Melissa Walton-Shirley


August 31, 2014

On the Cleveland Clinic site "Diseases and Conditions," there is a paragraph describing who is more likely to develop iron deficiency:

  • Women: Blood loss during monthly periods and childbirth can lead to anemia.

  • People over 65, who are more likely to have iron-poor diets.

  • People who are on blood thinners such as aspirin, clopidogrel, warfarin, or heparin.

  • People who have kidney failure (especially if they are on dialysis), because they have trouble making red blood cells.

  • People who have trouble absorbing iron.

All of the above are valid, but after the CONFIRM-HF press presentation looking at NYHA class 2-3 patients with an LVEF of <45% with a brain natriuretic peptide (BNP) of >100, a serum ferritin of <100, or an iron saturation and a hemoglobin of less than 15, at the top of the leader board we should add, "Patients with congestive heart failure." Astoundingly, 50% of all heart-failure patients have iron deficiency.

From now on, instead of just acknowledging an "iron level <35" in my heart-failure patients and then instituting an appropriate anemia workup, I won't stop there. I'll remember the slide shown by Dr Piotr Ponikowski (Wrocław Medical University, Poland) that combined the findings of JL Beard, LL Dunn, GJ Anderson, and CD Vulpe describing the consequences of iron deficiency, and they are dire for our heart-failure patients. They include:

  • Mitochondrial dysfunction.

  • Deranged activity of enzymes.

  • Abnormal transport and structural proteins.

  • Cell death/apoptosis.

  • Abnormal tissue remodeling.

  • Impaired organ efficiency.

  • Impaired exercise capacity.

  • Reduced work efficacy.

  • Impaired cognitive performance and behavior.

  • Increased morbidity and mortality.

So much for, "It's just a little iron deficiency."

My relationship with IV iron changed five years ago as I descended with my mom around 100 steps into the historic Horse Cave in Horse Cave, KY. It had been 70 years since she had visited a favorite childhood play area at the mouth of the cave. She smiled as the vegetation changed from towering oaks and locusts to lush green shade-loving plants. The temperature became noticeably cooler as the voices above vanished into much less humid air. Our guide began his explanation of how the intricate systems of sink holes and caves were connected to one of the seven natural wonders of the world, the Mammoth Cave, just a few miles away. Mom reminisced for a while before we began our climb back up into the real world, but her smile faded quickly as she became alarmingly short of breath after just a few steps. Her pulse revealed moderate tachycardia, but she had no chest pain or nausea. Oddly, she wasn't diaphoretic. It had taken us only 15 minutes to descend, but 90 minutes after starting our climb up, mom was still hanging onto the rails every 10 steps or so, panting. Within two hours of getting back to the top, I found her hemoglobin was only 7.2. Over the course of six hours, following two units of packed cells, her hemoglobin was 10. A few months later her count was back down to 8.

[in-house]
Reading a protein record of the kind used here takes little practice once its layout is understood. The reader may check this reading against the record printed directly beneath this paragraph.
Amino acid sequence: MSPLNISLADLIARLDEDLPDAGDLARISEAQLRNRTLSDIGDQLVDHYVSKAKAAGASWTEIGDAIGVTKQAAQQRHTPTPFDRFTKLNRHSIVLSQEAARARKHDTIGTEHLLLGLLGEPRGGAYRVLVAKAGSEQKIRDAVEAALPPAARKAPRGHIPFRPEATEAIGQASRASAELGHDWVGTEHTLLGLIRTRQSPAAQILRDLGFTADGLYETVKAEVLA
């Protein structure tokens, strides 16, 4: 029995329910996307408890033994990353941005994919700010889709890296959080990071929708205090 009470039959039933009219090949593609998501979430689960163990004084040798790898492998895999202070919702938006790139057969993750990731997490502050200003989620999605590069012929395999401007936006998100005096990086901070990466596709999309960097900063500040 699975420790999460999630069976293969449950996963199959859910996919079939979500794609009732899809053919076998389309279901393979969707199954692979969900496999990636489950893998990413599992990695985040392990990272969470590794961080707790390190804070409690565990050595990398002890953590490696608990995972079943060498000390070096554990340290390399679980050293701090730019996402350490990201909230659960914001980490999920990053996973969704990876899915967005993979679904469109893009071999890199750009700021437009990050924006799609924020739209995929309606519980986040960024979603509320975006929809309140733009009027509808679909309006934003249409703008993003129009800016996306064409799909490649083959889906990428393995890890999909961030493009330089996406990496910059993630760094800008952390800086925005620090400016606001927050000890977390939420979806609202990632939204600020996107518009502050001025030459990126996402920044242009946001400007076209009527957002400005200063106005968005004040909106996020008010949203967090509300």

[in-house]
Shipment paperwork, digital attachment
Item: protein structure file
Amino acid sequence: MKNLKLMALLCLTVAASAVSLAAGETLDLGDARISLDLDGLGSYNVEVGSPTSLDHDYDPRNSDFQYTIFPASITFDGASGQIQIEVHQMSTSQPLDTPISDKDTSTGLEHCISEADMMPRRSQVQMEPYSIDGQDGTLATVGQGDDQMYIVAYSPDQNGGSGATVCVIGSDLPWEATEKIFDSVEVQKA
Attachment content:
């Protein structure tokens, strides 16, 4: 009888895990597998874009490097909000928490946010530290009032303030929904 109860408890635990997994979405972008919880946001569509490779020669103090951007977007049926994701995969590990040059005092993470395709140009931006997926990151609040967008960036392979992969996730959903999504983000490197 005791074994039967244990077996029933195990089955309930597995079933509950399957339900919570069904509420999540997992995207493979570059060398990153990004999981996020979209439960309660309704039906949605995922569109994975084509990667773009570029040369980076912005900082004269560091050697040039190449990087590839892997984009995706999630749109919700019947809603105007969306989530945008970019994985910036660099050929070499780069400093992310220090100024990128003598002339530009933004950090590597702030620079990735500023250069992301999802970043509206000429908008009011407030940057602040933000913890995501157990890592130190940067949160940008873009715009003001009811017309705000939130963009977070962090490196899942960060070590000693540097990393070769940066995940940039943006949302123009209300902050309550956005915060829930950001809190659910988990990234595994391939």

At that point in my 18-year career, I'd never ordered an iron infusion in my life.

Long story short: After trying po iron several times, resulting in her having severe stomach cramps and nausea, I gave up and referred her to a hematologist for an iron infusion. I was petrified she'd have an anaphylactic reaction; after all, that's the standard tag line for any discussion of IV iron during med school. (Heme-onc folks are probably chuckling right about now.) It was four years before she required another one. She's now had a total of three. So much for my iron-infusion phobia.

Iron might not be gold, but it's been worth its weight to my family.

Fast-forward to how quickly I requested a serum iron infusion for my dad, who has class 4 heart failure. Despite a normal lower scope and now minor upper pathology, he still couldn't keep his hemoglobin level above 9.0, and his serum iron level was 27. He was winded and pale. He had no appetite, and his personality was as dull as dishwater. Three weeks post–iron infusion and with two brand-new Mitra clips, we had the best of both the cardiology and hematology worlds—a tolerable hemoglobin and a new lease on life. (Thank you, Dr Andy Morse, of St Thomas Hospital in Nashville, TN!)

According to the CONFIRM-HF data, after a treatment plan of IV ferric carboxymaltose infusions, our heart-failure patients can expect an improved six-minute-walk test at week 24, improvements in self-reported patient global assessment scores, and a better NYHA functional class. There was even an impact on hospitalization for worsening heart failure (p=0.009) that should get third-party payers' attention! We still lack mortality data, but who knows? Maybe someday . . .

The Cleveland Clinic site continues its very excellent information sharing on the topic of who might require IV iron:

  • Patients who are bleeding in the gastrointestinal tract and need to replace iron quickly.

  • Patients who have inflammatory bowel disease and cannot take oral iron because it upsets their GI tract.

  • Patients who are on kidney dialysis, who often lose blood during dialysis. In addition, these patients are usually taking an erythropoiesis-stimulating agent (ESA) and may need extra iron.

  • Cancer patients who have anemia and are taking an ESA.

And of course, the most common indication of all after today's CONFIRM-HF study presentation may become:

  • The patient with congestive heart failure, the future's most likely "Who's Who of IV Iron Therapy."


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